The Marine Corps has been advised that its drill instructors should no longer be referred to by gendered terms like “ma’am” or “sir” — an idea that a top training leader has pushed back on.
The recommendation came in a recently completed academic report from the University of Pittsburgh that the Corps commissioned in 2020, according to Marine Corps Times.
The report reveals how the Marine Corps lags behind other branches in training men and women closely together, Marine Corps Times reported. It says training staff in three of six branches of the military no longer use “gendered identifiers” still commonplace in the Corps.
“The Army, Navy, and Coast Guard effectively de-emphasize gender in an integrated environment,” the report says. “Instead of saying ‘ma’am’ or ‘sir,’ recruits in these Services refer to their drill instructors using their ranks or roles followed by their last names. Gendered identifiers prime recruits to think about or visually search for a drill instructor’s gender first, before their rank or role.”
The report’s authors add, “By teaching recruits to use gender-neutral identifiers for their drill instructors, Services underscore the importance of respecting authoritative figures regardless of gender.”
Across all military branches, the Marine Corps has the smallest percentage of females serving, Marine Corps Times reported, and the branch has been slow to integrate men and women in boot camp as all other branches have already done.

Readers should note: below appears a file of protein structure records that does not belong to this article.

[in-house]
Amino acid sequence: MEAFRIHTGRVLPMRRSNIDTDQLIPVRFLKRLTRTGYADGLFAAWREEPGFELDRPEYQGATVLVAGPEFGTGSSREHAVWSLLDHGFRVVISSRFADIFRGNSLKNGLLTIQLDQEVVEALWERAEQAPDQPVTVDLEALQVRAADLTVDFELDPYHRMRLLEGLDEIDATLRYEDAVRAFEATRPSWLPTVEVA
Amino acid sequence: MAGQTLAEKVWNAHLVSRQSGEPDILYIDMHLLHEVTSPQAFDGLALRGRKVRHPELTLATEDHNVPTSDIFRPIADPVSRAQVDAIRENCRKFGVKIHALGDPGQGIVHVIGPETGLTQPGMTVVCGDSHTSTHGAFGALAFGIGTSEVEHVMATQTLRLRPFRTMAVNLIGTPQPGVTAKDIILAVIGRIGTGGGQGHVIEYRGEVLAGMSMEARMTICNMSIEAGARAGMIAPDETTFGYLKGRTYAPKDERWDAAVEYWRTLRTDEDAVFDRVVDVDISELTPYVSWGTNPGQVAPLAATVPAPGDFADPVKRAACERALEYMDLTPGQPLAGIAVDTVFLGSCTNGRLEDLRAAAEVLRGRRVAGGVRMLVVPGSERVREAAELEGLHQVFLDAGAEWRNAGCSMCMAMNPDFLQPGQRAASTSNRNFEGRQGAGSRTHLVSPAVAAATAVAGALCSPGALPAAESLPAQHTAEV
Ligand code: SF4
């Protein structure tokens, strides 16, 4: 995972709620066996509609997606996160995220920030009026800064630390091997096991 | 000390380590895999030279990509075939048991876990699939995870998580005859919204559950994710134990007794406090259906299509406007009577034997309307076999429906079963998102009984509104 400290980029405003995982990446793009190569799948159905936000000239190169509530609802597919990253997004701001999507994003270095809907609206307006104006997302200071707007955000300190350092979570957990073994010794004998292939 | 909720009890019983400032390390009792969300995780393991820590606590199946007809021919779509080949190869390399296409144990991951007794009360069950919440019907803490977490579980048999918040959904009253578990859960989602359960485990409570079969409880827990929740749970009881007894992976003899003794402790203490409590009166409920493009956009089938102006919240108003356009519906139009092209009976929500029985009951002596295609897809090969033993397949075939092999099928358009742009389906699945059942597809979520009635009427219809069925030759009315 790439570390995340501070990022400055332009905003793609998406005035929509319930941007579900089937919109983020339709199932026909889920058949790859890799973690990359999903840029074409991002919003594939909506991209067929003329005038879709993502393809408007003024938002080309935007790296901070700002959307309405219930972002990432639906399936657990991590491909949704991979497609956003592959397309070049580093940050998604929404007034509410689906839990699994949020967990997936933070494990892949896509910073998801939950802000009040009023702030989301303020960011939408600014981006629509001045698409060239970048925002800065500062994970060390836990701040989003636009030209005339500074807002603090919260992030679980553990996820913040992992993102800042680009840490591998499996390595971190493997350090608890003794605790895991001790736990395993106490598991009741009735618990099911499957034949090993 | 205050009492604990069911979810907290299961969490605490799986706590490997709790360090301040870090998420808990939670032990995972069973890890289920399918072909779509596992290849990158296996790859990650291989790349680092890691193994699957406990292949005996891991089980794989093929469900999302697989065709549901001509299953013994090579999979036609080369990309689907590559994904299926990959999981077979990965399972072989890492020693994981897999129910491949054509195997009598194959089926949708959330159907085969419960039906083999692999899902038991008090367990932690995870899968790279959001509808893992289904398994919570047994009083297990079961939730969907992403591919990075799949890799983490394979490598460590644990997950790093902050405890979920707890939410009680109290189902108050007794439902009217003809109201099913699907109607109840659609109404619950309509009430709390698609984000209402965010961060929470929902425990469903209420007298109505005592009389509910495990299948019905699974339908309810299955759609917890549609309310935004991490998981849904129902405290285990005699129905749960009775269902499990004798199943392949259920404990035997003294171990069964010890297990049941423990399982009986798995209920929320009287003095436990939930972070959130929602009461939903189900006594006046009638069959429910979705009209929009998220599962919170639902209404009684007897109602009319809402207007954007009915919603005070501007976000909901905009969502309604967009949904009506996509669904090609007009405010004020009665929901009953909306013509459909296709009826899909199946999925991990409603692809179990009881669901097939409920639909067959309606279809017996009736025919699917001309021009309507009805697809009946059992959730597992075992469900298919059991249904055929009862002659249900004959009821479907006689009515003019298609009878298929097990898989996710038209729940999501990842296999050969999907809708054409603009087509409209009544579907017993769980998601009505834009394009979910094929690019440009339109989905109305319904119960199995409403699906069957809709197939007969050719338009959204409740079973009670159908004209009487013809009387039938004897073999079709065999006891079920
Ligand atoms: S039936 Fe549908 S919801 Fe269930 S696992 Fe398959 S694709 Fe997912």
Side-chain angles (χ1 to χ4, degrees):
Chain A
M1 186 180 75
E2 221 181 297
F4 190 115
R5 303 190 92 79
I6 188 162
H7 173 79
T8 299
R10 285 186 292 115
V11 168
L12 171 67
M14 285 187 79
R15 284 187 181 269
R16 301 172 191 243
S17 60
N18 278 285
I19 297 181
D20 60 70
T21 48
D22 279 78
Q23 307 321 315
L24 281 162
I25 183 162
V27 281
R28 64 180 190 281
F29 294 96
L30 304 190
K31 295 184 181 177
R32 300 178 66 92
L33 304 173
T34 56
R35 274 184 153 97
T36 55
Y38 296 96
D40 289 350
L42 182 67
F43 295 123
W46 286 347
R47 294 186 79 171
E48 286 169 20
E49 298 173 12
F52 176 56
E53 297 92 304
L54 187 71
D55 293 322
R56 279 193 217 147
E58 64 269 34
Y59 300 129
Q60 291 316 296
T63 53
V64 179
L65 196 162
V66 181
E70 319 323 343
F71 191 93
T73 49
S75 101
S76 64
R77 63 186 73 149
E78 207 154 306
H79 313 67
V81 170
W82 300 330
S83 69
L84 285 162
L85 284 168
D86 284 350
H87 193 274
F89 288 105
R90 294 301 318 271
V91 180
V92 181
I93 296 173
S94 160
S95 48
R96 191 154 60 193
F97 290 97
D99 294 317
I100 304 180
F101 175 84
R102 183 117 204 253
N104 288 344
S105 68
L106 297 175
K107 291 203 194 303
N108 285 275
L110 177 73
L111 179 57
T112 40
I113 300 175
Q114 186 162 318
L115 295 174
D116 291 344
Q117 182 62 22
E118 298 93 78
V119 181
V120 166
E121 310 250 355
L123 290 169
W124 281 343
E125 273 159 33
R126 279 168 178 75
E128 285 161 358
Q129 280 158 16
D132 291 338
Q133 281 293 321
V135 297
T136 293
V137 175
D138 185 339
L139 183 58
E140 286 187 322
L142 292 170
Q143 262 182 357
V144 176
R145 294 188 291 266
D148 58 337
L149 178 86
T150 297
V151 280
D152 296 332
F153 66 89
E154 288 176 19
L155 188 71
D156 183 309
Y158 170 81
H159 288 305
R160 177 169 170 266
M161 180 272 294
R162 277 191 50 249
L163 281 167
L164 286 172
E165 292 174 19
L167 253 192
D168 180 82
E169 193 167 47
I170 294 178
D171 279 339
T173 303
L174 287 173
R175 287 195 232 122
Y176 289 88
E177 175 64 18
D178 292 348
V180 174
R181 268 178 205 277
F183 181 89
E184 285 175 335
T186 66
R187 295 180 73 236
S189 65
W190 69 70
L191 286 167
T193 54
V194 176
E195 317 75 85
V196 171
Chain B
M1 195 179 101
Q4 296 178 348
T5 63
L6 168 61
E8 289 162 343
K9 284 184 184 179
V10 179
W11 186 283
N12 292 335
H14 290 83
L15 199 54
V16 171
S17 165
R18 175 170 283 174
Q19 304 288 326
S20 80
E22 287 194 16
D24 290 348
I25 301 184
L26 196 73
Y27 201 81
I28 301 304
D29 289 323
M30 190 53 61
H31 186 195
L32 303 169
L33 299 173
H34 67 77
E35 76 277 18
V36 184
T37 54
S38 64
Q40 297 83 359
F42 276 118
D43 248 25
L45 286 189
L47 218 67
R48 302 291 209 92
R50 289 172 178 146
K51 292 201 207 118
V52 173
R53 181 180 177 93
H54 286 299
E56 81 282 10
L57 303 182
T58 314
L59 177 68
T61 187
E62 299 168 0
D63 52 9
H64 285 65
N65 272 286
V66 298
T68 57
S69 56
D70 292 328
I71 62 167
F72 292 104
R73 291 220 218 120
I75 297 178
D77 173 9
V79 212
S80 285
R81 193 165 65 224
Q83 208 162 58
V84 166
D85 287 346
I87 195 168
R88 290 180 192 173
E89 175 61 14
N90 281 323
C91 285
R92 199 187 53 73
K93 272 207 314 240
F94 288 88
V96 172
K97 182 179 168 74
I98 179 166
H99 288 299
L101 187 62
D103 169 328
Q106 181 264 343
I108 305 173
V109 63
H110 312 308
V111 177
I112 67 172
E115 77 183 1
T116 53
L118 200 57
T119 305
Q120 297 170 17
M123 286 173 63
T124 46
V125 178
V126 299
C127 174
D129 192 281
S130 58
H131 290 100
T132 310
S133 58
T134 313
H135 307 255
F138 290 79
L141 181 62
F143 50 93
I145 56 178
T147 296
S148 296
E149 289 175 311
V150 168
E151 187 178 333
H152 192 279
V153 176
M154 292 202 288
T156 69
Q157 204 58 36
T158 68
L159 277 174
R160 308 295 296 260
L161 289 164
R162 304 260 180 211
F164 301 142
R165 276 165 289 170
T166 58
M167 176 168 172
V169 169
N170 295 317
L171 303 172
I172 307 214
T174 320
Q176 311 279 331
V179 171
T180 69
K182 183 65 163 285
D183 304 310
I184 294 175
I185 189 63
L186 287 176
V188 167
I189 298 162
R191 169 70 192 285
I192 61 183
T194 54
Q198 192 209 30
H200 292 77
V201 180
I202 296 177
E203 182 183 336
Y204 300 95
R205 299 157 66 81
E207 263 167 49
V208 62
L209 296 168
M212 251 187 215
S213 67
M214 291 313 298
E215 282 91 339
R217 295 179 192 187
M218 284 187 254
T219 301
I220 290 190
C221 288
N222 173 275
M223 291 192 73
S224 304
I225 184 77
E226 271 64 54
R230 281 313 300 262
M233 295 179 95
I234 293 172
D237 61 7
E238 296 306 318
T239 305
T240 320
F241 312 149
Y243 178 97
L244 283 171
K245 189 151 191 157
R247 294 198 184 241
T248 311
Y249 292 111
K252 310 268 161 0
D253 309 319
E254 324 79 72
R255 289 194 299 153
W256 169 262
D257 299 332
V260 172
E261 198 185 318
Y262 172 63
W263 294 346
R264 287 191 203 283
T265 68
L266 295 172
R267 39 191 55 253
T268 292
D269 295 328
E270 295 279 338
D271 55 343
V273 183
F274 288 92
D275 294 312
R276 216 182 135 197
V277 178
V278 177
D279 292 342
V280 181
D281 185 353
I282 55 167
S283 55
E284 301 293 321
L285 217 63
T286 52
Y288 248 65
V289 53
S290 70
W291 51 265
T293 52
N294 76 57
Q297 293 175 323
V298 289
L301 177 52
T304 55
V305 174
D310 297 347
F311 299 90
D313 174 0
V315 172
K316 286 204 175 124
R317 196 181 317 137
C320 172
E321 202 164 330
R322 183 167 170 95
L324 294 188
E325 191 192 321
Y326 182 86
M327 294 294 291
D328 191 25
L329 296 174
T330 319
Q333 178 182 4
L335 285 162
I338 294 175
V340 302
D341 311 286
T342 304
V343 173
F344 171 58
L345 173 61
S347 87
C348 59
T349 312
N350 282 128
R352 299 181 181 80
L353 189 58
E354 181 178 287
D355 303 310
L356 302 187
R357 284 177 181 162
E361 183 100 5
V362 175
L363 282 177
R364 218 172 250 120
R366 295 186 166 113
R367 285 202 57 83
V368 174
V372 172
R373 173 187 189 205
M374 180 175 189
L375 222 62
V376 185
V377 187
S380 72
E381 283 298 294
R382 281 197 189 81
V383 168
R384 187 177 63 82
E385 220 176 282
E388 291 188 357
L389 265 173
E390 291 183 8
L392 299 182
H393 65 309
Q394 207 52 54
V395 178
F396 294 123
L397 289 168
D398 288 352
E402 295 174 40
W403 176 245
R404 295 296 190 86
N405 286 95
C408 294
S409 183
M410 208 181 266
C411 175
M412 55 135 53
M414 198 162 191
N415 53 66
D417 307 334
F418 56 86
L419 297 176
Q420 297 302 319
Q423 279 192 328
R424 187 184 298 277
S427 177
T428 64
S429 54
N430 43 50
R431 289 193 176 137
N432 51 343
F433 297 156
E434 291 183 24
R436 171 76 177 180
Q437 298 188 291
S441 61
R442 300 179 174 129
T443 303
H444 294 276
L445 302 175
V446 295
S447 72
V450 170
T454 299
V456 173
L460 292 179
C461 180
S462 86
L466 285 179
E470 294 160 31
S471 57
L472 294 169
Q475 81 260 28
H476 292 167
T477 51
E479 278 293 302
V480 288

The new report says Marine recruits have brushed aside female training staff in favor of male staff, who are seen as more authoritative, according to Marine Corps Times. And in one anecdote, drill instructors asked advice from a male peer while a female chief drill instructor stood ignored nearby.
It’s not clear whether the Corps will take the report’s advice. But the chief of staff for Marine Corps Training and Education Command, Col. Howard Hall, told Marine Corps Times it’s not as simple as tweaking training-level policies.
“It’s not something we would change overnight,” Hall said. “We’ve got a history of ‘sir, ma’am, sir, ma’am.’ If we change something at the root level, how do we make the corresponding change at the Fleet Marine Force? So it’s not ours to implement alone.”
According to Marine Corps Times, Hall said the recommendation was under consideration during a December meeting of the Defense Advisory Committee on Women in the Services.